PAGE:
The neem honey is marvelously floral and a little bit spicy. Not spicy hot, but earthy spice. It’s absolutely remarkable and boldly stands out from standard honey.
For the one I dared serve, scroll down to 2nd attempt.
“And the Muses sang from mountains high what epic failure looming nigh.”
- 2 quarts goat milk (regrettably pasteurized)
- 200g (7.05oz) neem honey
- 0.5 tsp + a pinch of cardamom (eyeballed it)
- Yeast blend repurposed from prior homebrews (a Berliner Weisse and Circe’s Elixir):
- Wyeast Belgian Saison #3724
- Wyeast lactobacillus #5335
- White Labs lactobacillus delbrueckii WLP677
I think I broke all the brewer’s rules with this batch. Didn’t sanitize the equipment. Didn’t boil the “wort.” Didn’t boil the cardamom. Didn’t pasteurize the honey.
No activity 24 hours after pitching yeast. Maybe slow to start. This certainly does not contain the same amount of fermentable sugar as beer wort. Or perhaps I didn’t add enough yeast starter, or that yeast is just dead. Well wait and see.
There’s some good activity after 48 hours. Every now and then I remove the airlock and shake the jug a bit with the cap on. (Then I Star-San the cap and set it aside for next time.) I like to think that this replicates the Mongolian tradition where anyone who entered or exited the yurt would give the leather skin of fermenting airag a good couple punches to inhibit clumping. I suspect, however, that I will want to run the airag through a blender when it’s done, much as this Colombian kumis recipe suggests.
I’m curious how much the milk is fermenting or if it’s all just the honey. I don’t know if there’s anyway to determine that after-the-fact.
The wife says, “Smells like baby vomit.” I’m reluctantly forced to agree. The taste is not substantially better. Connoisseurs use terms such as “baby vomit” and “bandaid” for sour ale in its stages of development. Rule of thumb is to wait it out.
“…not embarassed to serve this to acquaintances.”
Monday, October 3, 2016. Adapted from recipe for Colombian kumis (arguably more so kefir than kumis). I’ll be using my Römertopf, a German clay pot based on the ancient Italic Etruscan clay-cooking method. Hey, the ancients brewed in earthenware all the time. I think the Römertopf will be my go-to, wild, small batch fermenter.
Soak clay pot in hot water. Warm quart organic whole milk. Put in clay pot. Whisk in about tsp organic wildflower honey for kicks. When below 90F, whisk in half cup of plain Greek yogurt. Cover with clay pot’s lid. Set aside for 24 hrs.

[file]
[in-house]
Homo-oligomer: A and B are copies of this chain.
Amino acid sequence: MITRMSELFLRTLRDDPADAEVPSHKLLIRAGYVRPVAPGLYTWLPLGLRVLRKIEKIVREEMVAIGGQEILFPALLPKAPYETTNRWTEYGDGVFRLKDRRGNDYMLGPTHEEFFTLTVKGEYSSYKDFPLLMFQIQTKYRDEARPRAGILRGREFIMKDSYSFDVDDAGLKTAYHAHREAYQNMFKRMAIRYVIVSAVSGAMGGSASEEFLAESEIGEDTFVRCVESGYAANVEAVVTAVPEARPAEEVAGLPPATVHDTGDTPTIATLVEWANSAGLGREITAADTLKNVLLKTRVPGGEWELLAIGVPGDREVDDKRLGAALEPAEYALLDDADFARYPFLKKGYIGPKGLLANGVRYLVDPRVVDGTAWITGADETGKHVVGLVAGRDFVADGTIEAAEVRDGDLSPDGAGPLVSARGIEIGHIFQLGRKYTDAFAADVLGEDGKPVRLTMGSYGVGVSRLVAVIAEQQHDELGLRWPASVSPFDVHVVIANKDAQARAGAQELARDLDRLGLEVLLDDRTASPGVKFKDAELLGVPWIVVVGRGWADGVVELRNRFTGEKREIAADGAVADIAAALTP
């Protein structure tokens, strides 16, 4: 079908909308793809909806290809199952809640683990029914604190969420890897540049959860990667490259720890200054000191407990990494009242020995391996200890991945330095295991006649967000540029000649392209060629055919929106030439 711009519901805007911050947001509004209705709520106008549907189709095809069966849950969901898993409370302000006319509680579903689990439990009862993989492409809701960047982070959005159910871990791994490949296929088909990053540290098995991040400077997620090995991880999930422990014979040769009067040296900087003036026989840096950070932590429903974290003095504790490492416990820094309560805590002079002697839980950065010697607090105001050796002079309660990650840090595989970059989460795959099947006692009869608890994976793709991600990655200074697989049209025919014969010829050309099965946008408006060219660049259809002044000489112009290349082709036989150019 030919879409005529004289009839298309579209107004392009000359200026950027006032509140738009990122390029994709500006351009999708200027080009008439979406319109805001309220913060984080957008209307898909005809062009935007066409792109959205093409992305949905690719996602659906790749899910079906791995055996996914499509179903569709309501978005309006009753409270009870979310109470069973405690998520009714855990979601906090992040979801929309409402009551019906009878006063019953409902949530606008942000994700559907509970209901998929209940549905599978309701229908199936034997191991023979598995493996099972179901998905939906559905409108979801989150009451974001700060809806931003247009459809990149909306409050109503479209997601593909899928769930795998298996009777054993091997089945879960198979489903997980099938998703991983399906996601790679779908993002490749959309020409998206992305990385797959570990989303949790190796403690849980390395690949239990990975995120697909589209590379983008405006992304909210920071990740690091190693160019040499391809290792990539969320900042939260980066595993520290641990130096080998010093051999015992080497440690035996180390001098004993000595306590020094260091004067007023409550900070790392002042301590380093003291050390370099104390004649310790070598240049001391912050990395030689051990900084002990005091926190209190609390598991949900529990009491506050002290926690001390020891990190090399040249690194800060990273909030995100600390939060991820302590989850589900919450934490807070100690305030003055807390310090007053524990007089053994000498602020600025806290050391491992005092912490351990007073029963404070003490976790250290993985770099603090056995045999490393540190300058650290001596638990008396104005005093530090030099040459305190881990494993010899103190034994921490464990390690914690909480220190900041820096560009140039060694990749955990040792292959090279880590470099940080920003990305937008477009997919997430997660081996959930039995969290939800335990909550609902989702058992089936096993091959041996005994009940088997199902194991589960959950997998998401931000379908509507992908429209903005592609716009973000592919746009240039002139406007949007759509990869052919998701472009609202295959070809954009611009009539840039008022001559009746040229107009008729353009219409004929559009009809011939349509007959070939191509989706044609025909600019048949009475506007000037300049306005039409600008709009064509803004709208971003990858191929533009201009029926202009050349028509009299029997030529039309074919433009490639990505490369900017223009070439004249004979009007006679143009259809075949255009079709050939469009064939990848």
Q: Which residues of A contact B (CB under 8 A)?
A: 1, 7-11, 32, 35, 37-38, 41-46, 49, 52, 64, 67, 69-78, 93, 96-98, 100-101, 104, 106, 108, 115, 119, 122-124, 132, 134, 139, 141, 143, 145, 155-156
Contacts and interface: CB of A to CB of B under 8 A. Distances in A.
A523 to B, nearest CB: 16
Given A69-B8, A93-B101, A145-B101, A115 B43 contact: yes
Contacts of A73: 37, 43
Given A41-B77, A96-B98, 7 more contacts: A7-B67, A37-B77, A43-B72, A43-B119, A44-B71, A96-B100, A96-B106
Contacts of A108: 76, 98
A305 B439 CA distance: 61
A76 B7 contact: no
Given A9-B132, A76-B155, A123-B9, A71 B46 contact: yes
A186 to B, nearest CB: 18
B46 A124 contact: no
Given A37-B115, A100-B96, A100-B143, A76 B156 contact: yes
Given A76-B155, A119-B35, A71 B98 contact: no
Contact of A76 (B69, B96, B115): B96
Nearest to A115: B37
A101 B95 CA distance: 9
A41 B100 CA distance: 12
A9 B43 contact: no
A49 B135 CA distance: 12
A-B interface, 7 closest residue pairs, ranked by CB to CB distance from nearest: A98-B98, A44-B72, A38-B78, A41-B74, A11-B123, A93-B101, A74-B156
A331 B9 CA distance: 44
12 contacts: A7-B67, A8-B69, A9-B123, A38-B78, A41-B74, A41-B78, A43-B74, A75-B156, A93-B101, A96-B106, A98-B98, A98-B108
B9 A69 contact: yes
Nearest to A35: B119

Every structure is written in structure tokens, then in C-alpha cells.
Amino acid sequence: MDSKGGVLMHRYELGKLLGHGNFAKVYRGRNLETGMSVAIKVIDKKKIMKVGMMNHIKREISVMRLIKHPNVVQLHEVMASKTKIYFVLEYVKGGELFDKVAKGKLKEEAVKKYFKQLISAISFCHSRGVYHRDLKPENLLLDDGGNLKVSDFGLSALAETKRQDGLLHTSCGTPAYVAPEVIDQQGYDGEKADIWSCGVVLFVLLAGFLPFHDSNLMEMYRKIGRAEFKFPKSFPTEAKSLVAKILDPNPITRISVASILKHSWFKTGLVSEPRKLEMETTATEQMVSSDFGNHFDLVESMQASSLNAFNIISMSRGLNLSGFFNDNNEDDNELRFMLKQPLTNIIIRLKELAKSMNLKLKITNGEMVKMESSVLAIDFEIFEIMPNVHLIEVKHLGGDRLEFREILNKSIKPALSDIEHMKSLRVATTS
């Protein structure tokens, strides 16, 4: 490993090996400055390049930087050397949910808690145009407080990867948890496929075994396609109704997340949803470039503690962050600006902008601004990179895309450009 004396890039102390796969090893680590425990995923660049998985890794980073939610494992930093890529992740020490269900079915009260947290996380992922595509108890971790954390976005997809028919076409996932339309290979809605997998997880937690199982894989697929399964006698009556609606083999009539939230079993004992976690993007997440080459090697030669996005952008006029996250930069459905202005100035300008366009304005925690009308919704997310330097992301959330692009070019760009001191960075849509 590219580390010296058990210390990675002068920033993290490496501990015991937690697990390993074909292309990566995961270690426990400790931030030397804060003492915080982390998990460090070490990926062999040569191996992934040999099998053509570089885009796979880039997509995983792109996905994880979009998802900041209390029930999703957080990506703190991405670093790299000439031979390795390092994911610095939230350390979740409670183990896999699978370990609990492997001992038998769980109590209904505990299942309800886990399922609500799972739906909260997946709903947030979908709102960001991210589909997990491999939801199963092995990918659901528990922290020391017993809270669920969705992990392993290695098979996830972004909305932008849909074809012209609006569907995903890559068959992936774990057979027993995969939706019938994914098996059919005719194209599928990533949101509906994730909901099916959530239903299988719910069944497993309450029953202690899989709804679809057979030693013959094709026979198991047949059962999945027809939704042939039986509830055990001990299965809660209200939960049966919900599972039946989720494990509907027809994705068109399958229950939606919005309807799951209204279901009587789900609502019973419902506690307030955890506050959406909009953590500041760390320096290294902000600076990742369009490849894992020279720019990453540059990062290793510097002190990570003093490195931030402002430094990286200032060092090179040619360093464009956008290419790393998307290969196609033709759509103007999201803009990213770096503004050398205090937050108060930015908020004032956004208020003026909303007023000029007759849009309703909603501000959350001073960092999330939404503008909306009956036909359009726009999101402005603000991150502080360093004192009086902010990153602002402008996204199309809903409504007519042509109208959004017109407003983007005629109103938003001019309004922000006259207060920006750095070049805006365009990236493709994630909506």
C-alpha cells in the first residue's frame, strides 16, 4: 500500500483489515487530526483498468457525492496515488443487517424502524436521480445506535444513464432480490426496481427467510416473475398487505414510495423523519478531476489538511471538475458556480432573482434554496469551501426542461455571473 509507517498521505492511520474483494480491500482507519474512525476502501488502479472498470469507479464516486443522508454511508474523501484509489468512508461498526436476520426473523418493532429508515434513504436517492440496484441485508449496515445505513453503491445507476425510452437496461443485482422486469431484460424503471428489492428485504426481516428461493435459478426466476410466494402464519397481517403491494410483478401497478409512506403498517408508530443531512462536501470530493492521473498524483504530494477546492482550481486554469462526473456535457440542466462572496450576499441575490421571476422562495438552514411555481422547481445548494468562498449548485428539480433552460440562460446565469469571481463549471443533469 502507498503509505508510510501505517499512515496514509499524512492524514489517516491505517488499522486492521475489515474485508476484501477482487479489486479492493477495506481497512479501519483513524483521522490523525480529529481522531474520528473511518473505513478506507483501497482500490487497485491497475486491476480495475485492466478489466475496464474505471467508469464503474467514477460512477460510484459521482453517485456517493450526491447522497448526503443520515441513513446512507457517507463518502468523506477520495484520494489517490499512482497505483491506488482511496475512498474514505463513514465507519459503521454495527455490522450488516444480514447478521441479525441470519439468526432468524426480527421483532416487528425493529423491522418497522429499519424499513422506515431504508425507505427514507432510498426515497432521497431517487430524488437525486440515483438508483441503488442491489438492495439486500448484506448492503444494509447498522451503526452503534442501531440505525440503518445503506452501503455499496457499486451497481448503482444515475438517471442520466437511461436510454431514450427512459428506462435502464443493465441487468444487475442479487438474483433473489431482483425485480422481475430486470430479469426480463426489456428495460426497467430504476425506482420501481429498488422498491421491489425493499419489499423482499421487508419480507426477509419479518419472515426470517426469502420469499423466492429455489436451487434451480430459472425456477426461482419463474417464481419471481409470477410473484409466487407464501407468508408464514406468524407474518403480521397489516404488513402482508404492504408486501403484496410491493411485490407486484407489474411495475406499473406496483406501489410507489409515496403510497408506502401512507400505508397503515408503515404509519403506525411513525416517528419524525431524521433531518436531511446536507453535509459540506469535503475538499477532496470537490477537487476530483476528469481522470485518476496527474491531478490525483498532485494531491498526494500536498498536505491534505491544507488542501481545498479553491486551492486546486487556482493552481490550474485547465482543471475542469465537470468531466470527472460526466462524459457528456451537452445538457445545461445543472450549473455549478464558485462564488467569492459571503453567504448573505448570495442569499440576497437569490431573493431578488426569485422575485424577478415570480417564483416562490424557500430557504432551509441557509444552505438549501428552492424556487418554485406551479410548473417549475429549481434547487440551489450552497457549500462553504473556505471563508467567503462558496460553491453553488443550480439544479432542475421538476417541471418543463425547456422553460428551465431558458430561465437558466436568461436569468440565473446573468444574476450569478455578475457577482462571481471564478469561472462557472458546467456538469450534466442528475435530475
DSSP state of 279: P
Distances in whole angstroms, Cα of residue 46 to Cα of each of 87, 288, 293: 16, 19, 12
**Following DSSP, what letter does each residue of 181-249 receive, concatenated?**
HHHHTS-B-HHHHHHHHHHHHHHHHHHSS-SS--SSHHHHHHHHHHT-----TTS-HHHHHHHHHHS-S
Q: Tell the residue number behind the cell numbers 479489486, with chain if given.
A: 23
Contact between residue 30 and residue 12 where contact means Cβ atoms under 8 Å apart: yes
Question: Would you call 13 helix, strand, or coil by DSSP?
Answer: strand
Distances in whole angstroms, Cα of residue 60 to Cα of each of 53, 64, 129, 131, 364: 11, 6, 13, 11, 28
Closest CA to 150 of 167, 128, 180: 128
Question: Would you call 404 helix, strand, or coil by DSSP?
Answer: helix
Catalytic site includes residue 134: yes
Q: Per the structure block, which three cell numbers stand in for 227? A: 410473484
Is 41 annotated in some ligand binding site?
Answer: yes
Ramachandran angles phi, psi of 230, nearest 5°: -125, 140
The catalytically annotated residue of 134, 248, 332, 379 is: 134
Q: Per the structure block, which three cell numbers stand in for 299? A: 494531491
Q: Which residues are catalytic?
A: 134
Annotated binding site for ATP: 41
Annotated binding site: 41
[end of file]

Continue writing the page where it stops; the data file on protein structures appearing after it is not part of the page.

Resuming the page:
Oct. 4. After 24 hours, smelled strongly like yogurt and had a mild yogurt taste. Slightly thickened. Whisked. Put in warm oven (maybe 150F and cooling) for an hour. Thickened considerably to yogurt drink consistency. Whisked. Tossed in about 2 fl. oz. reused Belgian Saison yeast and maybe a tbsp corn sugar. Whisked. Put back in room temp oven with clean dish towel cover.
Oct. 5. After another 24 hours, tastes like mild yogurt. Imperceptible if any fermentation happening from Saison yeast and corn sugar addition. Added about 3 fl. oz. Côte des Blancs yeast recovered from a batch of hard cider plus less than 1 oz. corn sugar.
Oct 8. Developed a wonderful bread aroma and a beautiful, thick yogurt yeast head. The head tastes like a creamy Greek yogurt. Not too tart. The body underneath is quite liquid and has a brilliant yogurt-champagne taste. Even a little bit of sparkling mouthfeel possibly from an active fermentation.
I don’t know if it’s authentic, but I’m calling it airag!
Blended a small taste with honey and cardamom. Magnificent! I most certainly would not feel embarrassed to serve this to acquaintances.
Heated on stove in kettle to 177F. Add cardamom and neem honey to taste. Added all of my 4.2 oz neem honey left. Not sure how much cardamom, but it takes a lot. More or less added a light layer and stirred it in. Cool in fridge.
Oct 9. Set in fridge overnight. Strained into a bottle, though it was unnecessary to strain, as nothing strained out. Lightly force-carbonated using a carbonator cap. Delicious! The honey and cardamom remain potent. The carbonation gives it a delightful, champagney fizz as though it were still actively fermenting.
Next I will simplify the recipe for easier replicability.
- 32oz organic whole milk.
- 1oz corn sugar dissolved in some of the whole milk warmed up a bit.
- 3oz Côte des Blancs dry white wine yeast reused from a batch of tart cider fermented in my sour carboy.
- Put in earthenware pot.
- 10/23. After 2 days, add about an ounce wildflower honey dissolves in about an ounce or so of warm milk.
- 10/24. Separated curds from whey. Curds pretty much like bland cottage cheese. Whey is very transparent slightly tangy liquid.
- To whey I added another ounce wildflower honey warmed with some water and a healthy layer of cardamom.
- Bottled whey liquid.
- 10/26. Opened bottle and it mega-spewed like shaken champagne. Shame. Smelled clean and effervescent. I managed to save about half and put in fridge. I wouldn’t have guessed it’d be that carbonated. Hopefully it’ll cool its jets. Would be nice it if could reproduce this beverage without the spew effect.
- 10/24. To the curds from 3rd batch, added 9 fl oz whole milk, 2 oz wildflower honey, healthy dash of cardamom. Not sure how this will be any different.
- 10/25. In the spirit of “I wonder what this button does,” I tossed in a couple ounces of corn sugar.
- 10/26. Occasionally stir. Pretty sour.
- Next year: if memory serves, it was palatable.
- 7/20/2017. 32oz whole milk and 2 oz corn sugar warmed and added to hot-water soaked clay pot.
- 1-2 tbsp Greek yogurt whisked in.
- 7/23. Moved from clay pot to stovetop. Warmed with 4.5oz wildflower and clover honey and 1 tsp cardamom. Returned to clay pot to settle.